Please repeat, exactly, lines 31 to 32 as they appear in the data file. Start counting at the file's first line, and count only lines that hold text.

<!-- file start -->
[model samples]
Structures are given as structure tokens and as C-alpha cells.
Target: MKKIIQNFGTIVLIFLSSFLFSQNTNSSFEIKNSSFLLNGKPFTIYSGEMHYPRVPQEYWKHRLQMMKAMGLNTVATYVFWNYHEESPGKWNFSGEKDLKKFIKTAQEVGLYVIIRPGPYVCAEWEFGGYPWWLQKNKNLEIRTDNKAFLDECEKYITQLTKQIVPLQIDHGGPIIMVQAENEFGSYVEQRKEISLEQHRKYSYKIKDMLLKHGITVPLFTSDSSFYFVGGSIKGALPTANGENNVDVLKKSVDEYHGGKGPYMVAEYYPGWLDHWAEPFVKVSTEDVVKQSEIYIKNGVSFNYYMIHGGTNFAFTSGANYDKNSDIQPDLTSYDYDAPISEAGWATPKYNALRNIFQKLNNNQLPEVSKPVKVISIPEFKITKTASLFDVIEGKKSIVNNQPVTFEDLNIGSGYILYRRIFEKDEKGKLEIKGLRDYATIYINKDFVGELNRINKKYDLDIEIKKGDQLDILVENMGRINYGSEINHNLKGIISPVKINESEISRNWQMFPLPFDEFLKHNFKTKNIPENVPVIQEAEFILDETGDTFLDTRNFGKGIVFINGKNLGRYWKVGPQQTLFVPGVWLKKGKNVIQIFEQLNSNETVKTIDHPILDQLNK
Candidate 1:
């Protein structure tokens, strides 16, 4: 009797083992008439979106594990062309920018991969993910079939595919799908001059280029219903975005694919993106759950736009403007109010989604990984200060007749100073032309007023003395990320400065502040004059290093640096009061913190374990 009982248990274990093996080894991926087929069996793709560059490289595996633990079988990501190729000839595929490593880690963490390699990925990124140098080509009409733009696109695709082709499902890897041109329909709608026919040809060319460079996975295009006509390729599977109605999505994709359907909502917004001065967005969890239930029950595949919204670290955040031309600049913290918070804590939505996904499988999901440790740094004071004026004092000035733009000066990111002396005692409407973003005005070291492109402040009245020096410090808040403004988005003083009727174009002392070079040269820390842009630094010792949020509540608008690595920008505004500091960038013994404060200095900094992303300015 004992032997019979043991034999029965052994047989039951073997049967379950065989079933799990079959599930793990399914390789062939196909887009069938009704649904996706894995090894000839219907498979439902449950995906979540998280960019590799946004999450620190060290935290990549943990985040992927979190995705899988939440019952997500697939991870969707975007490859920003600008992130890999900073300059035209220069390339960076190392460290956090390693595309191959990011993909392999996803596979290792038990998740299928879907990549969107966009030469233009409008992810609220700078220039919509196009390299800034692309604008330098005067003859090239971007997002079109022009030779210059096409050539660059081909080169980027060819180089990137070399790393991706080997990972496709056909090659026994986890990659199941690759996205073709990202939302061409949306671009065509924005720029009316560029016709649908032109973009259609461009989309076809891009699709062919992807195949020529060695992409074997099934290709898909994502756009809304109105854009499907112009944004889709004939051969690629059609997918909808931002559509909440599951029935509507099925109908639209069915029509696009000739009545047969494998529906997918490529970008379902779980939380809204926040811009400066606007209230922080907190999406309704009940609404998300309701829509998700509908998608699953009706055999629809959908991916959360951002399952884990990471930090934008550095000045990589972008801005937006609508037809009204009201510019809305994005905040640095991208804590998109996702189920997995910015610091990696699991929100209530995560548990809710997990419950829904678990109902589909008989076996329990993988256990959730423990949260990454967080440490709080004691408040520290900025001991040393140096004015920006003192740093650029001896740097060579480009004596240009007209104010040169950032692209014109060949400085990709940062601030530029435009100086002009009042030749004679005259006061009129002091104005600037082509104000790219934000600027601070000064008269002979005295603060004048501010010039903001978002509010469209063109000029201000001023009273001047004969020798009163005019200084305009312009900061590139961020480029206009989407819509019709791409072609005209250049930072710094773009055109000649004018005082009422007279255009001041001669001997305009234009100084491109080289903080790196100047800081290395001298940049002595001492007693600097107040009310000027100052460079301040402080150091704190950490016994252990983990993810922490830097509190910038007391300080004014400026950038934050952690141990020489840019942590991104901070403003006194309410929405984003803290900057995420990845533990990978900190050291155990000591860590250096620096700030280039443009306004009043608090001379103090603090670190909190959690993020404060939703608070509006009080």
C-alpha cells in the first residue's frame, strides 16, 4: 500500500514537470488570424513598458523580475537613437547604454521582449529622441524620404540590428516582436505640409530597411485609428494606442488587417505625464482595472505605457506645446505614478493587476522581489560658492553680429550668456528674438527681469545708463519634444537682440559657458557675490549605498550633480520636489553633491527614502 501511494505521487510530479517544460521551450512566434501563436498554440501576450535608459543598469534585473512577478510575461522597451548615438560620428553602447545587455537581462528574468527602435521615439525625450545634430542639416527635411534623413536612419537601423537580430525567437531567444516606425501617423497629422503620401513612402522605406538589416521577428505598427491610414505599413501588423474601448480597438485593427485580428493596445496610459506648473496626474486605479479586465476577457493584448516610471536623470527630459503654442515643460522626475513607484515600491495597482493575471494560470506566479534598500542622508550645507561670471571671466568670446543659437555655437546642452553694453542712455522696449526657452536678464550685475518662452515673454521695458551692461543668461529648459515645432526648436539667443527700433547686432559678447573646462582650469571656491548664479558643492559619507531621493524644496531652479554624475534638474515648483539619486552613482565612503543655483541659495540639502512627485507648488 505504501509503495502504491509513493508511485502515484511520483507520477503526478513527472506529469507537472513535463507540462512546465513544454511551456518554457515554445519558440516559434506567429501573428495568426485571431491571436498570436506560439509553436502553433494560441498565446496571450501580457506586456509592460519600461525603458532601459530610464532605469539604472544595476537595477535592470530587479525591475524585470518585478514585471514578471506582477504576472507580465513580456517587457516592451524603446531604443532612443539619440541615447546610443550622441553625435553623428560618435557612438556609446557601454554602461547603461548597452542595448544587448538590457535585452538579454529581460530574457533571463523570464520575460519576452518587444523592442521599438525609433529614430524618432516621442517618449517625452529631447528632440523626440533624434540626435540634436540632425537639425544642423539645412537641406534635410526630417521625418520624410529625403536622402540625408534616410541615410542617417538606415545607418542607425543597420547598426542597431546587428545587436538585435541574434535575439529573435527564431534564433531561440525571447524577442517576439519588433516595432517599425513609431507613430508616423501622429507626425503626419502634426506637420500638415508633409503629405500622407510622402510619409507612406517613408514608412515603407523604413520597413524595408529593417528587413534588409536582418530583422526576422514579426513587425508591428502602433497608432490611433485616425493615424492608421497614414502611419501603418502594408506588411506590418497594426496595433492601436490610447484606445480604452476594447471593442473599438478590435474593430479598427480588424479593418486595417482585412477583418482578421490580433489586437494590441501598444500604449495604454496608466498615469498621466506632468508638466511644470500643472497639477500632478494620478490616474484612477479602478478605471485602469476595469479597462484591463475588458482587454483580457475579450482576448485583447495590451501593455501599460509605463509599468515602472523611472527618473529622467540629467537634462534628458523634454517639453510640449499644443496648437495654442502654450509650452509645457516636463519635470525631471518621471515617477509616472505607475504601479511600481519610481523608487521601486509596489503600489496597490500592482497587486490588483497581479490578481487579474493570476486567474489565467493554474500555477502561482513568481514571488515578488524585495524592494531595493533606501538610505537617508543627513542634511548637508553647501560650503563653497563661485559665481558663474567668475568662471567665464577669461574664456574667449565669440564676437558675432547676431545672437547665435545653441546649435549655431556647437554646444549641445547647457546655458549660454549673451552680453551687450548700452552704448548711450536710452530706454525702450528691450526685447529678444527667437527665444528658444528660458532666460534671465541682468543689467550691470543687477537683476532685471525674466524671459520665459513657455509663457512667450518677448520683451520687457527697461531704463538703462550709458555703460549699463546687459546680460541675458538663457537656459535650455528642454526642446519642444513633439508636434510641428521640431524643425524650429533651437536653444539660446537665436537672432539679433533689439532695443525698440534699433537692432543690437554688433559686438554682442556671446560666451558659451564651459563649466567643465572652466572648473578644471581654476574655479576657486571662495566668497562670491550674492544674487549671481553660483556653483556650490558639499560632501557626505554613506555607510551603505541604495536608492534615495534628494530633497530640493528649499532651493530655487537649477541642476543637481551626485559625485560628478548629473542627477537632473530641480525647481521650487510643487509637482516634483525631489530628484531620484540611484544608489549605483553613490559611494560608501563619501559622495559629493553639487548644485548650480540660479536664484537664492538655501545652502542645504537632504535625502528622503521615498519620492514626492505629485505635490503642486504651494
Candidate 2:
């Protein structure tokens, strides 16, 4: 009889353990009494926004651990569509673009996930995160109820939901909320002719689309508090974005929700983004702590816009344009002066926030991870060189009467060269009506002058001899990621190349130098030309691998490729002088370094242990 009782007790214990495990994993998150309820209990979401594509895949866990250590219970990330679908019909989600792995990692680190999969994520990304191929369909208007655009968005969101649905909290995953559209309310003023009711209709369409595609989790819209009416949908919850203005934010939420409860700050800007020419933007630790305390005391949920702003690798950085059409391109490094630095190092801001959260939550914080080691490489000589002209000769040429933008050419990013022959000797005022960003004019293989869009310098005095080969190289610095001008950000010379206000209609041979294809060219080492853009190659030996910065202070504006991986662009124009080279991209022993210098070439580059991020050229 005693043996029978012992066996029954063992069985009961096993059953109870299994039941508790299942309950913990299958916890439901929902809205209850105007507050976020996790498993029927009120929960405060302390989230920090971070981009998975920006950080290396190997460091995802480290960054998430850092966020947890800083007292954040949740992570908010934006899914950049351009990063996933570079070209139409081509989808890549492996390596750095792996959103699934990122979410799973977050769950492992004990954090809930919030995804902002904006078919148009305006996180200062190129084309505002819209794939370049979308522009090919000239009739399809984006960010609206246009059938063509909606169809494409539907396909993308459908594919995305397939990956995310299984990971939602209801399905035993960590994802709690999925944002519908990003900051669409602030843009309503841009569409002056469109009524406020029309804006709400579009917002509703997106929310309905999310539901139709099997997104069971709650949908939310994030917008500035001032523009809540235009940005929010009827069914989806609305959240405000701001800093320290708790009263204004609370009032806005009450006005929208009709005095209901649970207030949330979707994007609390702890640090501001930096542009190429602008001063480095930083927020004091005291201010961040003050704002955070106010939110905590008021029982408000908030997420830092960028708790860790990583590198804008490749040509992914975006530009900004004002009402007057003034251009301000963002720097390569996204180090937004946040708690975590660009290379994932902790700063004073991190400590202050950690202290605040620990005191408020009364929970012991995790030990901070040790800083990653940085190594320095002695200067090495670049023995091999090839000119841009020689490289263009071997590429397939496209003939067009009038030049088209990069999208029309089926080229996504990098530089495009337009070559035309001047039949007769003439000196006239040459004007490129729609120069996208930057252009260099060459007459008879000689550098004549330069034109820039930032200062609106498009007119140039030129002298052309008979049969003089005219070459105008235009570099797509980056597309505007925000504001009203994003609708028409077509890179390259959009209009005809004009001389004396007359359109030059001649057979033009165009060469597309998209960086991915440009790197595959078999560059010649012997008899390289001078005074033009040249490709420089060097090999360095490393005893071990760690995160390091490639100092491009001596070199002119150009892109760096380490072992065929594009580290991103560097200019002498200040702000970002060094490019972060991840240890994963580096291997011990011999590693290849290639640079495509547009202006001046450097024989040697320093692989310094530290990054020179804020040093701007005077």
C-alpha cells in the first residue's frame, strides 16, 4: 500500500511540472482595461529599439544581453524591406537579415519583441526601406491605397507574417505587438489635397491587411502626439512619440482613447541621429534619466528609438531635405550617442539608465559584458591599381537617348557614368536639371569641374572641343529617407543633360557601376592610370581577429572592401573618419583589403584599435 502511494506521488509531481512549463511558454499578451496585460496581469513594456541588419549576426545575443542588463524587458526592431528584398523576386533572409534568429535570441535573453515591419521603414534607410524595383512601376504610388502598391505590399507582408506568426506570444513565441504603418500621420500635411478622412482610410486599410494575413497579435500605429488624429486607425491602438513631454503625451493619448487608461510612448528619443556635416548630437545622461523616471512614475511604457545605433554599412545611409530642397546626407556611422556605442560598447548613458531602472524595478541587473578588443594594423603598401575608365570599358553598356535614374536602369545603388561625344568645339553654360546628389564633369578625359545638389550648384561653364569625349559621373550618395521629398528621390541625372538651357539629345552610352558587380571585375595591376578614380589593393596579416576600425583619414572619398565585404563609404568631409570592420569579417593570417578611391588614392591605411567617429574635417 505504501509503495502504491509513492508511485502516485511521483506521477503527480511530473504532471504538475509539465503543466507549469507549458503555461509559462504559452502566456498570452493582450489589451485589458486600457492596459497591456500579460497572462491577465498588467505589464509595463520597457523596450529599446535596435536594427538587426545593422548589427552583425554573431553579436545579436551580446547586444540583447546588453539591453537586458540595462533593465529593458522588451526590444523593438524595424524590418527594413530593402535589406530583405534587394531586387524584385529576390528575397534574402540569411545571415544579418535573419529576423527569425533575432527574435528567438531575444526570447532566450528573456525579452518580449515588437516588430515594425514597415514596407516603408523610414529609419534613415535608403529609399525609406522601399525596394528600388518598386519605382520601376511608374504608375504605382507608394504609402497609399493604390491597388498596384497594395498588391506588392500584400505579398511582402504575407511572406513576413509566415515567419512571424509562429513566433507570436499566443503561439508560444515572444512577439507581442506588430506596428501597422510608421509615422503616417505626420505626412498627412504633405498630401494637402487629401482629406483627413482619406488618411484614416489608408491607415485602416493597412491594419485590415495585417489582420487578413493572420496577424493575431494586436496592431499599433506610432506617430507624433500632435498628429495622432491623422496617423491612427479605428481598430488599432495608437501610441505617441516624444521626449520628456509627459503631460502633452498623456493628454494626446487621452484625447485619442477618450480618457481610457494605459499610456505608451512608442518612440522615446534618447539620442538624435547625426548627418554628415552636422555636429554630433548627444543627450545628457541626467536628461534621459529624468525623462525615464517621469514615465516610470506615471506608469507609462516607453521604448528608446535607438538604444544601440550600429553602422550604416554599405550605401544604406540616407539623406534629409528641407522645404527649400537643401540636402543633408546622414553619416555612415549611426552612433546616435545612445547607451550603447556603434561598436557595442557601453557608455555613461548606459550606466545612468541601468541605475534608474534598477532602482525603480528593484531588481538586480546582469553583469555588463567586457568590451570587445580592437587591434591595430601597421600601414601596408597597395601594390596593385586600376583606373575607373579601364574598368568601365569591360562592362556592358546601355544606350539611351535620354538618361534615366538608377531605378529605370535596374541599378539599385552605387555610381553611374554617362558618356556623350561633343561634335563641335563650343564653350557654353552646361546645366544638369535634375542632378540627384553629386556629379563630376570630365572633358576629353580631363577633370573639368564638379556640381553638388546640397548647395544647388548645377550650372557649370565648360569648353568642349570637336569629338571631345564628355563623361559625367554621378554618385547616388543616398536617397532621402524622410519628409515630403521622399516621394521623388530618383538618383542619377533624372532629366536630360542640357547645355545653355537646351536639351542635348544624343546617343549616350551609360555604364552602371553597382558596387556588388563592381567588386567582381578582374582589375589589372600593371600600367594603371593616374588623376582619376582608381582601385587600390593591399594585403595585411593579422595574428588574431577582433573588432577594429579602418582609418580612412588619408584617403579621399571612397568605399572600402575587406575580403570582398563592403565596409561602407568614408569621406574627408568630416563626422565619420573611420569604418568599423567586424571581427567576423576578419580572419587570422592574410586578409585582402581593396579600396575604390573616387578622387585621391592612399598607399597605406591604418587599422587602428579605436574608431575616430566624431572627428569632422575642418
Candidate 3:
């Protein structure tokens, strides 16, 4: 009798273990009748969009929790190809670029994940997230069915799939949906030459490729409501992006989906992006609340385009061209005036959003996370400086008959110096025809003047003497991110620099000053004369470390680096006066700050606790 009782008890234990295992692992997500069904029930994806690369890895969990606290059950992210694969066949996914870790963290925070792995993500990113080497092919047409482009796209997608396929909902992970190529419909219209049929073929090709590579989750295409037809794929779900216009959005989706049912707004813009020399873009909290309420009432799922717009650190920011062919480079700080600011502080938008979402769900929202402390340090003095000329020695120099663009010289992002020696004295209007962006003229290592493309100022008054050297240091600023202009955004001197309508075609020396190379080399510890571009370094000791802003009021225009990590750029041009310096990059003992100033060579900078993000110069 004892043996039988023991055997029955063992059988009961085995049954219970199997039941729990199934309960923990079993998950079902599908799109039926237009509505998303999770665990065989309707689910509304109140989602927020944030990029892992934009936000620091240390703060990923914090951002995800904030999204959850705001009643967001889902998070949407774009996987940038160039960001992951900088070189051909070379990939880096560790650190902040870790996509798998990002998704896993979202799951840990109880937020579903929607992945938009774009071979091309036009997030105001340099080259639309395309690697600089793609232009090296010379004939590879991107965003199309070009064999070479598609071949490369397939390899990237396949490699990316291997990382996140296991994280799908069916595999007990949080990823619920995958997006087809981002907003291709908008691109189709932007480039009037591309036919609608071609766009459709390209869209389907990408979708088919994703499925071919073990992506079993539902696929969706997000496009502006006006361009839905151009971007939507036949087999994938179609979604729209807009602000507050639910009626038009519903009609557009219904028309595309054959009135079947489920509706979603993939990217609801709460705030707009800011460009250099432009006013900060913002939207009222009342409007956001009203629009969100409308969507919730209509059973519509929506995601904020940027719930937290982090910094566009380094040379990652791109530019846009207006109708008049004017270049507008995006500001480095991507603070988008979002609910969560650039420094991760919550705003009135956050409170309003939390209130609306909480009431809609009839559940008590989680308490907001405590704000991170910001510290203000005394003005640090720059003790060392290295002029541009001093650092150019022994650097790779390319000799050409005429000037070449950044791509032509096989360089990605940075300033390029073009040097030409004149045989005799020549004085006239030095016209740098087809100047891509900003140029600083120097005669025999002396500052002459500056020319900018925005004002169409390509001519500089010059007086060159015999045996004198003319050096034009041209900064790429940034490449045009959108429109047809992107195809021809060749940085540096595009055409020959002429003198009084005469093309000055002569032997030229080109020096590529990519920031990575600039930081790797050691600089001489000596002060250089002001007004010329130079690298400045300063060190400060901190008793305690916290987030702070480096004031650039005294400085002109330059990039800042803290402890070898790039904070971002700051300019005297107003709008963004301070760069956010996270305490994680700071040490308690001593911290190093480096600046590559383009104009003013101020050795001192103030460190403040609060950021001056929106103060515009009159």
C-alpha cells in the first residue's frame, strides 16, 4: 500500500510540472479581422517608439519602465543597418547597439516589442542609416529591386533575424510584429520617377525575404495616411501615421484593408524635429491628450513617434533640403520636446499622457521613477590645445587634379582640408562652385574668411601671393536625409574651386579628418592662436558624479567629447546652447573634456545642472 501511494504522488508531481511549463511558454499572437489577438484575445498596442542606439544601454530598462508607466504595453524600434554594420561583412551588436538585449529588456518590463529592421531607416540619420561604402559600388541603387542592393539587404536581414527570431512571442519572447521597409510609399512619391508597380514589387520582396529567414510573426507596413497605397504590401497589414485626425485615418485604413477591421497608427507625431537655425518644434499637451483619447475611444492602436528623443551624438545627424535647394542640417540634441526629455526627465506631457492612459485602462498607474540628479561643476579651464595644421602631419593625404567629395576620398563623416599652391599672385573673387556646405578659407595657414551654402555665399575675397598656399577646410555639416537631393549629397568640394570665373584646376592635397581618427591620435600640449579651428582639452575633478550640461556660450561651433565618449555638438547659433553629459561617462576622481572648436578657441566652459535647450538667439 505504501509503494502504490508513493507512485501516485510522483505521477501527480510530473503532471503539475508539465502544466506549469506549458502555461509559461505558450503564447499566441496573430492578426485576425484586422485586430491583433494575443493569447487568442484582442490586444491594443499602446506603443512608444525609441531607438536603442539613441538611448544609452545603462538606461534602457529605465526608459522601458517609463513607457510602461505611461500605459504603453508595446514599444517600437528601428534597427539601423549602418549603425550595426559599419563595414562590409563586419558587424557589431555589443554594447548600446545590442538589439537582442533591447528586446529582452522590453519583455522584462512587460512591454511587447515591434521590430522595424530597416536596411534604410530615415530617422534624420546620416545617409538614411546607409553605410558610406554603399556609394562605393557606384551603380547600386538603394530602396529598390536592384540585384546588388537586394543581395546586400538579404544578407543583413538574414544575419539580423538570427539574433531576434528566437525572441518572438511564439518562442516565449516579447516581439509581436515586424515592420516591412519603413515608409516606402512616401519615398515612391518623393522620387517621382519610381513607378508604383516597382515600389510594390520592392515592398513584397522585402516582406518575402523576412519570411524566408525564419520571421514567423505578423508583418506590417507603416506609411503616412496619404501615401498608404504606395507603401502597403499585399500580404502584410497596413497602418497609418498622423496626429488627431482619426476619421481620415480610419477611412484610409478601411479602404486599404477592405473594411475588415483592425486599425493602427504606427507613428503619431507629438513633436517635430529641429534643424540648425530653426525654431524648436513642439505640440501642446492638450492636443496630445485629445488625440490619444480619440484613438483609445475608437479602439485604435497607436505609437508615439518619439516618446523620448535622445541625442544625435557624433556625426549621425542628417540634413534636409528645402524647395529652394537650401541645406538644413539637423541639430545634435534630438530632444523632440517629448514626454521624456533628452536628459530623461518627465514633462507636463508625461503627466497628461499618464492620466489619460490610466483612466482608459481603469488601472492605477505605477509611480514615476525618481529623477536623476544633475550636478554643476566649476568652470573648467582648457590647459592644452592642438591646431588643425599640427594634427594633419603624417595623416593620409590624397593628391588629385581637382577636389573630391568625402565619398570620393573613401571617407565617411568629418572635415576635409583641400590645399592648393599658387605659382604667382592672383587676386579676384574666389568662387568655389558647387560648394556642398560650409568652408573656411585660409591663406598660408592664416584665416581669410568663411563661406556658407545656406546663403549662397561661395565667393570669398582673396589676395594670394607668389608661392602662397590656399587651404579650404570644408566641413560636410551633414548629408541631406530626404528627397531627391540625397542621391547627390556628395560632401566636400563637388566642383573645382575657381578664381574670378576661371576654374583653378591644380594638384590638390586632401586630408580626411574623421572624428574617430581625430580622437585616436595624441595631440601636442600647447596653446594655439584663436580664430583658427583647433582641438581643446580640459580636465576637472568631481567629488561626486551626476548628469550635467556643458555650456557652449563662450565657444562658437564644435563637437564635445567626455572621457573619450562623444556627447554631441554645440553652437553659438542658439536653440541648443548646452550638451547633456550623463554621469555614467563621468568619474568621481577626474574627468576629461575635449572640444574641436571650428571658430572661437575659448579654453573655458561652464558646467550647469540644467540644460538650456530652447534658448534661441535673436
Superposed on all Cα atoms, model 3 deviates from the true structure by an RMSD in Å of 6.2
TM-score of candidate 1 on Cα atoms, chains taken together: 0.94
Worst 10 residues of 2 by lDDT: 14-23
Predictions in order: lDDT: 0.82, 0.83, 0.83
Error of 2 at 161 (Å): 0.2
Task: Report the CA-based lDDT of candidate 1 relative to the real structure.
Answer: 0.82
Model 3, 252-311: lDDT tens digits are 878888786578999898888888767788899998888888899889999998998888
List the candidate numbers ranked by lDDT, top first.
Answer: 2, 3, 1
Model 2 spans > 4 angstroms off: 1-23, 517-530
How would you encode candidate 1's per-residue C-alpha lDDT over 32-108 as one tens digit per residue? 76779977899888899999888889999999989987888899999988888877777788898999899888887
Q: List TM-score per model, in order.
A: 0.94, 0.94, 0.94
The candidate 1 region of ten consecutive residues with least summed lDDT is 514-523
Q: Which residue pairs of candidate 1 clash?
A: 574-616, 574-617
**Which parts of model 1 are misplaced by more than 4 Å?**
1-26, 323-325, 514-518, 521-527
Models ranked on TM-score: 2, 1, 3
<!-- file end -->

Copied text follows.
1-26, 323-325, 514-518, 521-527
Models ranked on TM-score: 2, 1, 3